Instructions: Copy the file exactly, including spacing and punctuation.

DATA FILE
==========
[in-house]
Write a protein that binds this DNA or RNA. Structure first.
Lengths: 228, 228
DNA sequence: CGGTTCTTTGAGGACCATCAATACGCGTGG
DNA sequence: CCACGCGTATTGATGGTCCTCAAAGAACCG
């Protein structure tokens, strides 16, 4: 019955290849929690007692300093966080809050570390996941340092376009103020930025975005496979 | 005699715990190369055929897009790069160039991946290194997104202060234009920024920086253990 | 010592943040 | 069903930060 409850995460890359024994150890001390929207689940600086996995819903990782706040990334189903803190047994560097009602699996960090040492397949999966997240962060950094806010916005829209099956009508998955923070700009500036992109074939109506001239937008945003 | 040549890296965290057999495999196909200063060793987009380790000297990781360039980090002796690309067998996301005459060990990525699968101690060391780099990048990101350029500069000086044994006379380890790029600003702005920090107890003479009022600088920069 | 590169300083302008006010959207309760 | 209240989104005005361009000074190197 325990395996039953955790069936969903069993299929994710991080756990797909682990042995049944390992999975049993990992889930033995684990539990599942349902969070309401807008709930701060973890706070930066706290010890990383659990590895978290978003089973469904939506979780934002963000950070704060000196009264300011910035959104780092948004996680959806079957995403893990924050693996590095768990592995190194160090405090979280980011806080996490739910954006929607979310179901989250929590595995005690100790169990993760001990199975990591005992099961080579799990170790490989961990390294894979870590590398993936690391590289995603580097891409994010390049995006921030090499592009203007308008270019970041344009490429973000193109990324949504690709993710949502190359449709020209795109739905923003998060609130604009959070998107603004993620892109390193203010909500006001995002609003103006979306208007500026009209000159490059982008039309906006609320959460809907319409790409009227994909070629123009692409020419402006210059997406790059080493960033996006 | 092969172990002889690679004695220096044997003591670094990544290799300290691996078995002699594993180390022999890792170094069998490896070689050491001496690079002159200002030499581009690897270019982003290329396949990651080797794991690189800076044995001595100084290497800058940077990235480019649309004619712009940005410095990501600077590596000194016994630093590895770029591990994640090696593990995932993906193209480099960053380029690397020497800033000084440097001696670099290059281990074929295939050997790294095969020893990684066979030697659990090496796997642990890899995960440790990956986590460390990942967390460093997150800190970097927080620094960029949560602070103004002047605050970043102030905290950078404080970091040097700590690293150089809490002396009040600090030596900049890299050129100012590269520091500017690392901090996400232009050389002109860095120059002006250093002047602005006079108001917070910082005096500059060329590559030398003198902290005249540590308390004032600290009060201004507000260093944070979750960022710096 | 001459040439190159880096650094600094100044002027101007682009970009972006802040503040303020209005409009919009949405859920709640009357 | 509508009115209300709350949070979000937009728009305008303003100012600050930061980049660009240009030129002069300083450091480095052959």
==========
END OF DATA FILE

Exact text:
[in-house]
Write a protein that binds this DNA or RNA. Structure first.
Lengths: 228, 228
DNA sequence: CGGTTCTTTGAGGACCATCAATACGCGTGG
DNA sequence: CCACGCGTATTGATGGTCCTCAAAGAACCG
């Protein structure tokens, strides 16, 4: 019955290849929690007692300093966080809050570390996941340092376009103020930025975005496979 | 005699715990190369055929897009790069160039991946290194997104202060234009920024920086253990 | 010592943040 | 069903930060 409850995460890359024994150890001390929207689940600086996995819903990782706040990334189903803190047994560097009602699996960090040492397949999966997240962060950094806010916005829209099956009508998955923070700009500036992109074939109506001239937008945003 | 040549890296965290057999495999196909200063060793987009380790000297990781360039980090002796690309067998996301005459060990990525699968101690060391780099990048990101350029500069000086044994006379380890790029600003702005920090107890003479009022600088920069 | 590169300083302008006010959207309760 | 209240989104005005361009000074190197 325990395996039953955790069936969903069993299929994710991080756990797909682990042995049944390992999975049993990992889930033995684990539990599942349902969070309401807008709930701060973890706070930066706290010890990383659990590895978290978003089973469904939506979780934002963000950070704060000196009264300011910035959104780092948004996680959806079957995403893990924050693996590095768990592995190194160090405090979280980011806080996490739910954006929607979310179901989250929590595995005690100790169990993760001990199975990591005992099961080579799990170790490989961990390294894979870590590398993936690391590289995603580097891409994010390049995006921030090499592009203007308008270019970041344009490429973000193109990324949504690709993710949502190359449709020209795109739905923003998060609130604009959070998107603004993620892109390193203010909500006001995002609003103006979306208007500026009209000159490059982008039309906006609320959460809907319409790409009227994909070629123009692409020419402006210059997406790059080493960033996006 | 092969172990002889690679004695220096044997003591670094990544290799300290691996078995002699594993180390022999890792170094069998490896070689050491001496690079002159200002030499581009690897270019982003290329396949990651080797794991690189800076044995001595100084290497800058940077990235480019649309004619712009940005410095990501600077590596000194016994630093590895770029591990994640090696593990995932993906193209480099960053380029690397020497800033000084440097001696670099290059281990074929295939050997790294095969020893990684066979030697659990090496796997642990890899995960440790990956986590460390990942967390460093997150800190970097927080620094960029949560602070103004002047605050970043102030905290950078404080970091040097700590690293150089809490002396009040600090030596900049890299050129100012590269520091500017690392901090996400232009050389002109860095120059002006250093002047602005006079108001917070910082005096500059060329590559030398003198902290005249540590308390004032600290009060201004507000260093944070979750960022710096 | 001459040439190159880096650094600094100044002027101007682009970009972006802040503040303020209005409009919009949405859920709640009357 | 509508009115209300709350949070979000937009728009305008303003100012600050930061980049660009240009030129002069300083450091480095052959």